Canadian Pacific Railway says it moved a record amount of western Canadian grain to export position in Vancouver last month.
In a Nov. 7 news release, CP says it shipped a record 15,865 car loads of prairie grain to west coast ports in October, surpassing the company’s previous monthly record of 15,449 car loads set in March.
Total western Canadian grain movements in the month were up 3.9 percent over last year, just off the record set in May 2014.
“I am proud of the CP team and applaud the efforts and early success of our supply chain partners as the crop season begins to accelerate into the colder months,” said president Keith Creel.
“We continue to focus on providing best-in-class service to our customers and look forward to moving more western Canadian grain to market for the benefit of farmers, shippers and the Canadian economy.”
In the news release, CP also said unwarranted criticism of its performance is counter-productive and serves to undermines Canada’s reputation as a world-class supplier of grain.
CP cited “misleading and inaccurate” grain shipping data published by the Ag Transport Coalition, saying it promotes the notion that an adversarial relationship exists between the railroads and Canada’s farm community.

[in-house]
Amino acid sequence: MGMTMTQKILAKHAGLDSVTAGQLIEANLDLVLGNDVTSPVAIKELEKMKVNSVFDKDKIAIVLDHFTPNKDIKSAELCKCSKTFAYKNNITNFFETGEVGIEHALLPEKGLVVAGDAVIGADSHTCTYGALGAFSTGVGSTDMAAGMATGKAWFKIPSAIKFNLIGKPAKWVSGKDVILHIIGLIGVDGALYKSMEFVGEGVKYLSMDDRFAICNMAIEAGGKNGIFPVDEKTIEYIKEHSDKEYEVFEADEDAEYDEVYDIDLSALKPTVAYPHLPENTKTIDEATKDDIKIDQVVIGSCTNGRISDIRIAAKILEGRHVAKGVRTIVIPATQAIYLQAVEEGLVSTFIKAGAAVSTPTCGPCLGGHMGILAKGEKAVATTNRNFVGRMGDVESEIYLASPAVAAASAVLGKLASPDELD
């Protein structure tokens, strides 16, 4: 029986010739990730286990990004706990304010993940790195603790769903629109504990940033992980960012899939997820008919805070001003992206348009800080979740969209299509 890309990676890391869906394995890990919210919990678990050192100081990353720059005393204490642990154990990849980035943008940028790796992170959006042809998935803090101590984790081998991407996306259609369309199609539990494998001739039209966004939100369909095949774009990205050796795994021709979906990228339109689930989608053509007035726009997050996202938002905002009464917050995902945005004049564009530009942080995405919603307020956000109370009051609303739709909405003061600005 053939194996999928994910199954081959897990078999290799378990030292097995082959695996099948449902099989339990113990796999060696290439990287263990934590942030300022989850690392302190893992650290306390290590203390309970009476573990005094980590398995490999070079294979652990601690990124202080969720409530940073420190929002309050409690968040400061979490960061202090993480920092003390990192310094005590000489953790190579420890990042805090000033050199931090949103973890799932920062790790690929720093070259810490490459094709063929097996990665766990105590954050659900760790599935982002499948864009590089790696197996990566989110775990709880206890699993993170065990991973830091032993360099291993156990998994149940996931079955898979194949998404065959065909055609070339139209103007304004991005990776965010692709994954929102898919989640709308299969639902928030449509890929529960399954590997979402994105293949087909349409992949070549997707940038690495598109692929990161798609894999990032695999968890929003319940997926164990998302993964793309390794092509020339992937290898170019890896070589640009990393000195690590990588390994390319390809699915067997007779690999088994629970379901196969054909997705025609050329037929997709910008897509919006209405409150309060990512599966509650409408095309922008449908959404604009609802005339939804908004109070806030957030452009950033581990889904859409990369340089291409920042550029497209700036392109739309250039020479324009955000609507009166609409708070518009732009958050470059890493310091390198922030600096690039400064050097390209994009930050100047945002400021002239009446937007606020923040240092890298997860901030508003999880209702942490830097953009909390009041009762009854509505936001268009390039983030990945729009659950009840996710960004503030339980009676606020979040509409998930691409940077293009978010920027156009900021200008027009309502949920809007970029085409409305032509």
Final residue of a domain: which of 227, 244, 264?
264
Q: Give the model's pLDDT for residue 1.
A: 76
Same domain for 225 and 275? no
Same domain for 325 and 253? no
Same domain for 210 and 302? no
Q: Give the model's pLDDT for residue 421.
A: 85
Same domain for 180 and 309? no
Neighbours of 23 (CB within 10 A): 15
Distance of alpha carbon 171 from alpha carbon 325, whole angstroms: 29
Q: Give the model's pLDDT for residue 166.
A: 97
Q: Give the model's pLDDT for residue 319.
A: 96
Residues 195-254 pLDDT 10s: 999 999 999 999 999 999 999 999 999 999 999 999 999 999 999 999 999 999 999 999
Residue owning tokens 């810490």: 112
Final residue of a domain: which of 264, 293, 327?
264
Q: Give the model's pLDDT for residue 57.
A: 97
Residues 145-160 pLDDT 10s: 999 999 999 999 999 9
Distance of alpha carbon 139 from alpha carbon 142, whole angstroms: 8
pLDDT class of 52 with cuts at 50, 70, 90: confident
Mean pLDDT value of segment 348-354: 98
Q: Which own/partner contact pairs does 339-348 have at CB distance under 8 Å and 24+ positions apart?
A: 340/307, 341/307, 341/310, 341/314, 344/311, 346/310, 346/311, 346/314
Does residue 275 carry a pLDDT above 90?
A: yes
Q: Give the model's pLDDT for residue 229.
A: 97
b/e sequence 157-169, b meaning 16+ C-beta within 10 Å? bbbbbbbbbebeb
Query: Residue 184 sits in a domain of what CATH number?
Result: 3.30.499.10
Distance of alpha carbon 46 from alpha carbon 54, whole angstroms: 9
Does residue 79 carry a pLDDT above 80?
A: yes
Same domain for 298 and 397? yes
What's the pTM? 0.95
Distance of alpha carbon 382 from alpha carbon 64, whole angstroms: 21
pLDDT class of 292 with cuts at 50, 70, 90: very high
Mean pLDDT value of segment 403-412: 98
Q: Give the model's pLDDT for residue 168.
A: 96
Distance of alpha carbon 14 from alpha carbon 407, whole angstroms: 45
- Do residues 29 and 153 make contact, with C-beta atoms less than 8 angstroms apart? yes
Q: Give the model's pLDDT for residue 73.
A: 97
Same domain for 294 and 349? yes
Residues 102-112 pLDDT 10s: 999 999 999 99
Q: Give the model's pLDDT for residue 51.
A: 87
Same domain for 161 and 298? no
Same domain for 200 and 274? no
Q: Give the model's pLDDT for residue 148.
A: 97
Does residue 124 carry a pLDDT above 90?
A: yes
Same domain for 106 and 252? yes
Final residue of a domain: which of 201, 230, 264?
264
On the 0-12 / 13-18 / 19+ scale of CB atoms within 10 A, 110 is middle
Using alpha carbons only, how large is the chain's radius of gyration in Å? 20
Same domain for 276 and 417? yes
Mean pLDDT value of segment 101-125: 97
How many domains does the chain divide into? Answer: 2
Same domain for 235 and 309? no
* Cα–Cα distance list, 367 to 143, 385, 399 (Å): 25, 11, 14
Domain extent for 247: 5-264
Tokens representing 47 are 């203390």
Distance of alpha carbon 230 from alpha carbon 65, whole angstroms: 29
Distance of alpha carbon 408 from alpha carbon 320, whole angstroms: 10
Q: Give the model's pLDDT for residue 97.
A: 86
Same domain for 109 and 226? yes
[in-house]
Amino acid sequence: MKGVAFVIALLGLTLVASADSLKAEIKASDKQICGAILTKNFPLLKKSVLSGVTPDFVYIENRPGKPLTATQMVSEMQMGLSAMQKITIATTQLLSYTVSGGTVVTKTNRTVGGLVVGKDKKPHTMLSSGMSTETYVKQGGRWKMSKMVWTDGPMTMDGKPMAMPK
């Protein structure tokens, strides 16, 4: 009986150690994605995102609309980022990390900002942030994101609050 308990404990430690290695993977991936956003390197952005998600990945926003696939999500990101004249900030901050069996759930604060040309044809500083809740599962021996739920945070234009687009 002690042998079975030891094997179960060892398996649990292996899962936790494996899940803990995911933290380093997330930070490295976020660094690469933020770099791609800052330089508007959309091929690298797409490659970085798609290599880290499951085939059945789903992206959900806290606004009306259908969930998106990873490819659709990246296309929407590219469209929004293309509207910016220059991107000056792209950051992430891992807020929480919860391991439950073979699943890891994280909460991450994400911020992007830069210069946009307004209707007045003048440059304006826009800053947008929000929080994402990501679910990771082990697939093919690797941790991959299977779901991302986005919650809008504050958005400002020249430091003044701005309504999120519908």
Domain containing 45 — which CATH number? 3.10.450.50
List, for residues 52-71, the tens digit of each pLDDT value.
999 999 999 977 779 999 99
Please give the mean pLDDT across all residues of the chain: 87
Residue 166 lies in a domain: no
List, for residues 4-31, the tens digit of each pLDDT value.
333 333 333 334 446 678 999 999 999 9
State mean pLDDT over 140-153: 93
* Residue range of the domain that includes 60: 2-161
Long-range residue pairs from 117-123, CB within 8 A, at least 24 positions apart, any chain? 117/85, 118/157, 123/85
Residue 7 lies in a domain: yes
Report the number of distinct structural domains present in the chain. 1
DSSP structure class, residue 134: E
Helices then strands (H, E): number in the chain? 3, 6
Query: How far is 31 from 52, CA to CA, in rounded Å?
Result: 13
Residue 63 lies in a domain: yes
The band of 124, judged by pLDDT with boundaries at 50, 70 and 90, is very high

“The truth is we are partners in driving the western Canadian economy forward,” the CP news release said.
Despite record grain movements in October, CP acknowledged that the company’s total freight volumes fell short of expectations in October.
Crude shipments in particular were down sharply, representing a “significant drag” on the company’s business, said chief financial officer Nadeem Velani, who spoke Nov. 8 at the Stephen’s 2016 Fall Investment Conference in New York.
Velani said freight volumes in November are improving, thanks in part to renewed strength in potash.
Despite record grain shipments to the West Coast in October, poor harvest weather across much of Western Canada has affected grain movements, Velani added.
“Despite an improved supply chain and setting volume records for October in car loads to Vancouver, the wet weather has delayed the uptick in volumes as we expected,” he said.
“The crop outlook is pretty much unchanged in terms of the supply and yield, (but) the timing of the movement and the quality are a little bit uncertain at this point still.”
Abundant supplies of low quality grain have complicated grain sourcing efforts in many parts of the Prairies.
Blending of high quality grain with lower quality material has also slowed throughput and delayed shipments.
Velani said CP will continue to make operational adjustments aimed at reducing the company’s operating ratio and maximizing net revenues.
Those adjustments could include longer trains, better use of railway sidings and efficient deployment of railway assets and people.
“It’s a delicate balance,” he said.